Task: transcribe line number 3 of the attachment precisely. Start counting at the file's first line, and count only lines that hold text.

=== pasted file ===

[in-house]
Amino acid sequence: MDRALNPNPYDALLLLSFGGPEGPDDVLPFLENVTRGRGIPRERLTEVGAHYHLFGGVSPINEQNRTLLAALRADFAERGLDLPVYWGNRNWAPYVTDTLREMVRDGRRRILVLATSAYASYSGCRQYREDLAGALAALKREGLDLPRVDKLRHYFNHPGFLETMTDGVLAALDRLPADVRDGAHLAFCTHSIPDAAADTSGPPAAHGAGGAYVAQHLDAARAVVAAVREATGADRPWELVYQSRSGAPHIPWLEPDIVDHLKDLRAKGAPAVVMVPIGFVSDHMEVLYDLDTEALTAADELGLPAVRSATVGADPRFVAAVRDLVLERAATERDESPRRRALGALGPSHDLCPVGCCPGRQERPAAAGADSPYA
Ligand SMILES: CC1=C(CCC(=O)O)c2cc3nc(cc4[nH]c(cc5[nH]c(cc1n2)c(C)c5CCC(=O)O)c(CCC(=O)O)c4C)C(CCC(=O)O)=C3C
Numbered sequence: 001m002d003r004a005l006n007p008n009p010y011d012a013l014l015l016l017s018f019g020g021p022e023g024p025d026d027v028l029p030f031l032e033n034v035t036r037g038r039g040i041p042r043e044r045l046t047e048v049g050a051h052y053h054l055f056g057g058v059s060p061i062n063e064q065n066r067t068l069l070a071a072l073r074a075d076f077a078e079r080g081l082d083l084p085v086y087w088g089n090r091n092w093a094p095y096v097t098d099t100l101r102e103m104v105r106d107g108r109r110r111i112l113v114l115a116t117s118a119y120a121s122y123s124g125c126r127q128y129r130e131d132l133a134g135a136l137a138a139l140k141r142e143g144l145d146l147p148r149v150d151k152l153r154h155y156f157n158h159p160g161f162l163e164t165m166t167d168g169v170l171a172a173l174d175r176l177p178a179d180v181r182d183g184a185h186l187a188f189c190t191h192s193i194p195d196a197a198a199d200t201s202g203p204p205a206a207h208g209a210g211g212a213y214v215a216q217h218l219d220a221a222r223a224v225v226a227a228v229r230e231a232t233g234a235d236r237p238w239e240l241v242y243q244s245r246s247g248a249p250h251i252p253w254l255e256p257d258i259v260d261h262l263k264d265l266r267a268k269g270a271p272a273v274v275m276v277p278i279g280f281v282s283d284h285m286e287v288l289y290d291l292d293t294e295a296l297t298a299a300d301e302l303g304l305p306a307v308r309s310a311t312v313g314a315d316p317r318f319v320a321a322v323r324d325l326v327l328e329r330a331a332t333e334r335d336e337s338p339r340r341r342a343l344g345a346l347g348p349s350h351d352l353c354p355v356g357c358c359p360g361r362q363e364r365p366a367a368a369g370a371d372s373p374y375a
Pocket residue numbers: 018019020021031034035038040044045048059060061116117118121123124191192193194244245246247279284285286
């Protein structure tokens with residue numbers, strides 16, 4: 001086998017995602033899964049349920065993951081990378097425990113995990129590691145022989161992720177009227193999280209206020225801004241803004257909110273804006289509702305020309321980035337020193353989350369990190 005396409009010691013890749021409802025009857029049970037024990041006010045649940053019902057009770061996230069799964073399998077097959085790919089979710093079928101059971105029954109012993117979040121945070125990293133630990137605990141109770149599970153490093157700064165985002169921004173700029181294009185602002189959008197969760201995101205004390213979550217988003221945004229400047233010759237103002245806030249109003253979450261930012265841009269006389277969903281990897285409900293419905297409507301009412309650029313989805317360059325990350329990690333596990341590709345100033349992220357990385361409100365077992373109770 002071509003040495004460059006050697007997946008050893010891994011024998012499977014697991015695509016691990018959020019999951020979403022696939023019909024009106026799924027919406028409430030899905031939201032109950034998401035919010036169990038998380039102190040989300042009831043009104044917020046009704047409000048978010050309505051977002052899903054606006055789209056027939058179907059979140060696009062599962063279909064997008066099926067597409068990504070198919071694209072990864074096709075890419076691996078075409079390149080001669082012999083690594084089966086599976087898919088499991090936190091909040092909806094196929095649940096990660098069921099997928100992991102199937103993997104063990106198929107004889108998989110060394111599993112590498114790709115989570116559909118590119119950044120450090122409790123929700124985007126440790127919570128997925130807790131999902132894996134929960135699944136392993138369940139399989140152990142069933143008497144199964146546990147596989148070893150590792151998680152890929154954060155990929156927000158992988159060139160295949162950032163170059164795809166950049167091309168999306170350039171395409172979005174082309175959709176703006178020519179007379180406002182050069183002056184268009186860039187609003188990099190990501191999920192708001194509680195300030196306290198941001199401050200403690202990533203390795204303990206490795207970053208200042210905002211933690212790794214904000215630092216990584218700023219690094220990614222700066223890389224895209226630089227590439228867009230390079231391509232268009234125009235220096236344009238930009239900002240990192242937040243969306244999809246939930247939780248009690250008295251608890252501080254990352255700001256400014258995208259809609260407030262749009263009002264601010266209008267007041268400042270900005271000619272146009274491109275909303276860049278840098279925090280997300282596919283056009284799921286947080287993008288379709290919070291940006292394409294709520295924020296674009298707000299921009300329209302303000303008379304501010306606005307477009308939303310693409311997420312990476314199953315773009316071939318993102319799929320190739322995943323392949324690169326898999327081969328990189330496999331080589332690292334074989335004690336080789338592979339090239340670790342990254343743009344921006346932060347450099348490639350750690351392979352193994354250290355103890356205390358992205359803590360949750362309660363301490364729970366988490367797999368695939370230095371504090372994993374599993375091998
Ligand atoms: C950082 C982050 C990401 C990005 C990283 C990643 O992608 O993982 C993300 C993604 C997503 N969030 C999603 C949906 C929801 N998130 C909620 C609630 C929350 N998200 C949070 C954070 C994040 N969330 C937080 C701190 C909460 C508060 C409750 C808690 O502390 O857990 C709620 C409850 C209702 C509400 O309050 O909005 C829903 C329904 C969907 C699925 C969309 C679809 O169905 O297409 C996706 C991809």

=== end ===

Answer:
Ligand SMILES: CC1=C(CCC(=O)O)c2cc3nc(cc4[nH]c(cc5[nH]c(cc1n2)c(C)c5CCC(=O)O)c(CCC(=O)O)c4C)C(CCC(=O)O)=C3C